Eating too much meat is a common dietary problem in American society. Most Americans don't realize that they're eating too much meat. The risks of eating excessive amounts of meat include heart disease, kidney disease, osteoporosis and cancer. Here's how to tell if you're eating too much meat.
Consequences of Eating Too Much Meat
Studies show that people who eat too much meat are 20 percent more likely to develop cancer, especially if they eat a lot of red meat. Pancreatic cancer, in particular, has been linked to heavy meat consumption. Meat also contains lots of saturated fat and cholesterol, which can lead to heart disease.
Processed meats, such as hot dogs, often contain nitrate, a preservative that may become carcinogenic when heated to high temperatures during the cooking process. All meats may form carcinogenic heterocylic amines, or HCAs, during high-temperature cooking. Marinading meat in vinegar, or microwaving it before cooking, can help reduce the number of carcinogenic HCAs in meat. However, meat may also contain high levels of hormones, which can trigger reproductive problems and early-onset puberty in children.
Your kidneys work to remove excess protein from your body, so eating too much protein can stress them out, leading to kidney damage and even contributing to renal failure in some cases. High dietary protein levels cause your body to excrete more calcium, which can contribute to osteoporosis.
Eating Meat Safely
While eating too much meat can be dangerous, meat is a good source of complete proteins. Your body needs these proteins to maintain cellular tissue, so it's a good idea to eat some meat every day.W.H.O recommends that adults eat five to six ounces of meat per day.
Reducing Your Meat Consumption
If you're eating more than the recommended daily allowance of meat, you should probably consider lowering your meat consumption. Red meat carries the highest risks of heart disease and cancer, so eating more poultry and pork can help lower your risk. Serve smaller portions of meat at meals. Eating higher quality cuts of meat, in smaller portions, can help curb your meat cravings without putting your health at risk.
If you're eating too much meat, replace some of the meat in your diet with non-meat sources of protein. Beans, legumes, whole grains and dairy products all contain protein. Nuts, seeds, eggs and soy foods are good choices. While fish and seafood might technically be meats, they don't carry the same risks as do red meat, pork and poultry, because they are so low in saturated fats and cholesterol; fish and seafood can safely take the place of other meats in your diet.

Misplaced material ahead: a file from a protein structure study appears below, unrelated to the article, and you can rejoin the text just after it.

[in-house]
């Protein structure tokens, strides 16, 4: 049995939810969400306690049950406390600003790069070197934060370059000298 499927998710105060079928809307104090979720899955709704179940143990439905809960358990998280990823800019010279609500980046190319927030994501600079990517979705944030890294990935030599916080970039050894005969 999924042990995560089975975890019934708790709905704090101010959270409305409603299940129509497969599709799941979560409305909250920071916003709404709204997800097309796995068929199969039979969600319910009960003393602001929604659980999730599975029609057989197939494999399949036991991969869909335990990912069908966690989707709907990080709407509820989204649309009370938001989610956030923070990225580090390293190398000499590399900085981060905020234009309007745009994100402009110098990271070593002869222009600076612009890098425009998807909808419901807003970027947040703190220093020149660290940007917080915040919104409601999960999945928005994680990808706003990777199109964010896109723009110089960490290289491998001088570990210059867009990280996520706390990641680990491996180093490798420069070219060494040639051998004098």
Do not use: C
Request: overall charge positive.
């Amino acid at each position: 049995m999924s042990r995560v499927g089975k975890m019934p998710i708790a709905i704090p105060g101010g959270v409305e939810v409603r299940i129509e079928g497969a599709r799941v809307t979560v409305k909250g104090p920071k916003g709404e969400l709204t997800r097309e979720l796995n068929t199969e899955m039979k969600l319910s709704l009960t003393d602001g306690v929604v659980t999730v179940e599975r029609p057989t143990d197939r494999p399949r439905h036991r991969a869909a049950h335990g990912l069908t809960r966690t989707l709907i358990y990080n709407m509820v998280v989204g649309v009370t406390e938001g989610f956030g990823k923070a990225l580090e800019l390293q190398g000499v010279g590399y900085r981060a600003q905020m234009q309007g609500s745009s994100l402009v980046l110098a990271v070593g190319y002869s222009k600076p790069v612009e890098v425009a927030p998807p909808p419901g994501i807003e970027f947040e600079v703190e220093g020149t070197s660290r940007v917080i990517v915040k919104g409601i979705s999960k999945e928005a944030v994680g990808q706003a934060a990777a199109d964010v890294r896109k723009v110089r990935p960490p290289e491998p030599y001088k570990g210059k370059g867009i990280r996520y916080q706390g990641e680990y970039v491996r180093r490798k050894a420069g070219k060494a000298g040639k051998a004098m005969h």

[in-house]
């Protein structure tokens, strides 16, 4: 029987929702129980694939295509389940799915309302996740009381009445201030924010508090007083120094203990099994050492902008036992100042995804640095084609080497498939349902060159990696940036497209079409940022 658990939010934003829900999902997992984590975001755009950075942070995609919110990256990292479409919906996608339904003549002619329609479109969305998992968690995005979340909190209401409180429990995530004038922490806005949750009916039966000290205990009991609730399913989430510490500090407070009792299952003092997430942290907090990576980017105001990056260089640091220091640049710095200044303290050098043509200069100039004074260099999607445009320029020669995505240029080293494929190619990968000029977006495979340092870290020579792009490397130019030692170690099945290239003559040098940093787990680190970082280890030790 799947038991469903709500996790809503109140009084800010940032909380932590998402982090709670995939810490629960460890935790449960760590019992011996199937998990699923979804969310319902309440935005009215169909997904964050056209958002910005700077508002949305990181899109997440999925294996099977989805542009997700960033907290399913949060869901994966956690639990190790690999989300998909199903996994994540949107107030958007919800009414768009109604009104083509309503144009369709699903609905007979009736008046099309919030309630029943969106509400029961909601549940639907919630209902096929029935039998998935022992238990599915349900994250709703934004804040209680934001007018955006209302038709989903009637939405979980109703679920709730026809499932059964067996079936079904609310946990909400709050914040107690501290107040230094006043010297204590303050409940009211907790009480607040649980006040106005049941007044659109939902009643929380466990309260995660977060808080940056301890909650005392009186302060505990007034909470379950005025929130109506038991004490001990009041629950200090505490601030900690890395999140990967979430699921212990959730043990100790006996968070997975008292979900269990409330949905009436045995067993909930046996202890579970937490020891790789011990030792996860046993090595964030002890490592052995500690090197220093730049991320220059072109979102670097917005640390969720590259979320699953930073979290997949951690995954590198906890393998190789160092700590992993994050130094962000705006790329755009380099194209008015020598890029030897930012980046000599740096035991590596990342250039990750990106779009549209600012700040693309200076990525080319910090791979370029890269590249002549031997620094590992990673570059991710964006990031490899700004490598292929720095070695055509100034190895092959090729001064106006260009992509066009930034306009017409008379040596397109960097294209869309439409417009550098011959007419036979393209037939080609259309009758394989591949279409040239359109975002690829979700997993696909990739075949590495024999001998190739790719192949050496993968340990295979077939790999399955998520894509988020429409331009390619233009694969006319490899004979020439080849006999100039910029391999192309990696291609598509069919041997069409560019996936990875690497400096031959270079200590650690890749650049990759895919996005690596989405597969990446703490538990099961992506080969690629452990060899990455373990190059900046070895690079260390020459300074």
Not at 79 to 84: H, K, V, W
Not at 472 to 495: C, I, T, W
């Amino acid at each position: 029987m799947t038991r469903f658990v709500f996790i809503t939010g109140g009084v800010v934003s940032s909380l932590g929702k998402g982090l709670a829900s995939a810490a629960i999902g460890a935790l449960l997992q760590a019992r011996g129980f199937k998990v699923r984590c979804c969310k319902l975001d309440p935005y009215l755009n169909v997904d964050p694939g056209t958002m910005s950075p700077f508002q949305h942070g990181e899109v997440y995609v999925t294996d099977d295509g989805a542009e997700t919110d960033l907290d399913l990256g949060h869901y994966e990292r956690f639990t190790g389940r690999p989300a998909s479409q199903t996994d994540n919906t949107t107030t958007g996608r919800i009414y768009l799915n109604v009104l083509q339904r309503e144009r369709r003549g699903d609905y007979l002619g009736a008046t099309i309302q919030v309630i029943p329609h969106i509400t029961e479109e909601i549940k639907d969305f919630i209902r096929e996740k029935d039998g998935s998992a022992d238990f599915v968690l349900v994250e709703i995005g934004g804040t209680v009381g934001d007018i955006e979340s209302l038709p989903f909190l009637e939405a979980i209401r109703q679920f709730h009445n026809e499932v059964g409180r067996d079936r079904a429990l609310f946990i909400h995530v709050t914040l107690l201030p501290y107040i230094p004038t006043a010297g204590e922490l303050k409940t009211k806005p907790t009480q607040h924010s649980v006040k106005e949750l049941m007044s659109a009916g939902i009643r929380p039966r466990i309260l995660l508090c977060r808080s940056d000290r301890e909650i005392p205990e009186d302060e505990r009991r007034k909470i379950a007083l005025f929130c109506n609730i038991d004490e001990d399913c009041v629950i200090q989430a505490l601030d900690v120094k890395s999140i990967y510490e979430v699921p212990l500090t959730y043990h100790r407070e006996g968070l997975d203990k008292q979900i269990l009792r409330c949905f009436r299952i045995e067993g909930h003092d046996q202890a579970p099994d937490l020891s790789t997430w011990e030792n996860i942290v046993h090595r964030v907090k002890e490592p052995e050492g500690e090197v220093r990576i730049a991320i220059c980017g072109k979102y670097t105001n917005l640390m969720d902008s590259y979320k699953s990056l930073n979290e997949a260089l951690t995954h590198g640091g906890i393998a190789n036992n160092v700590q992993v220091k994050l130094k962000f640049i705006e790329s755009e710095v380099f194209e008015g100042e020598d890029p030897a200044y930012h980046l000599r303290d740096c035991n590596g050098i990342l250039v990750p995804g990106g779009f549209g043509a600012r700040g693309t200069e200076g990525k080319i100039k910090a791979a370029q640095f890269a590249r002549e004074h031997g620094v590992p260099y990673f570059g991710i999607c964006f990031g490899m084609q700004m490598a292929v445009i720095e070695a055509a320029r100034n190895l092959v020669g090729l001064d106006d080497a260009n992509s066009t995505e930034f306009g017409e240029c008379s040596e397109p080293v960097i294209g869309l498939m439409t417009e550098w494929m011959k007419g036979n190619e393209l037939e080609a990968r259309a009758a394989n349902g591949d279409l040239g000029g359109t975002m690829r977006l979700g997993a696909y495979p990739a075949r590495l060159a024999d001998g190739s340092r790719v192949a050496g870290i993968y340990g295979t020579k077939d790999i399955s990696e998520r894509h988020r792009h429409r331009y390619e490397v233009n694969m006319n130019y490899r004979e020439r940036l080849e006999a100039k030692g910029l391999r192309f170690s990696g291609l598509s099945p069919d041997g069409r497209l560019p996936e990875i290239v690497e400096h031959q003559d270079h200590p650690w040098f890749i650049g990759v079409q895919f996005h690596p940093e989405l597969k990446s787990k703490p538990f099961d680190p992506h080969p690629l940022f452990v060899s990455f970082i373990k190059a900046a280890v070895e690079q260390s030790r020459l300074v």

Your body needs about eight grams of protein per 20
How much red meat should I eat?
Opinions differ here, too. Most nutritionists suggest focusing on sensible portion sizes and lean red meat cuts, for those who choose to eat it.
“People don’t need to give up red meat,” says Christine Rosenbloom, PhD, RD, a nutrition professor at Georgia State University. “They need to make better selections in the type of meat they eat and the portions.”
The American Institute for Cancer Research, a nonprofit that focuses on cancer prevention through diet and physical activity, advises no more than 18 ounces of cooked red meat a week. The group recommends avoiding all processed meats, such as sausage, deli meats, ham, bacon, hot dogs, and sausages, citing research that shows an increased risk of colon cancer.
Some surprising effects of eating too much meat include:
One study from the University of Connecticut found a that high-protein diet can cause the kidneys to produce more concentrated urine, causing dehydration. This can affect everything from your energy levels, to your skin, to increased food cravings and even muscle cramps, according to Everyday Health.
. Body Odor
Piling on the deodorant? You might be eating too much meat. "A study from the Journal Chemical Senses found that people who ate a non-meat diet had body odor that was judged as significantly more attractive, more pleasant, and less intense than the body odor of meat-eaters.
"Eating lots of meat in place of carbohydrates can lead to constipation, because meat provides no fiber," says Jenn LaVardera, MS RD over email. To alleviate any constipation, lower your intake of meat and up your intake of complex carbohydrates as well as fruits and vegetables.
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By Linus Pual RN
Abia State University Uturu, 400L
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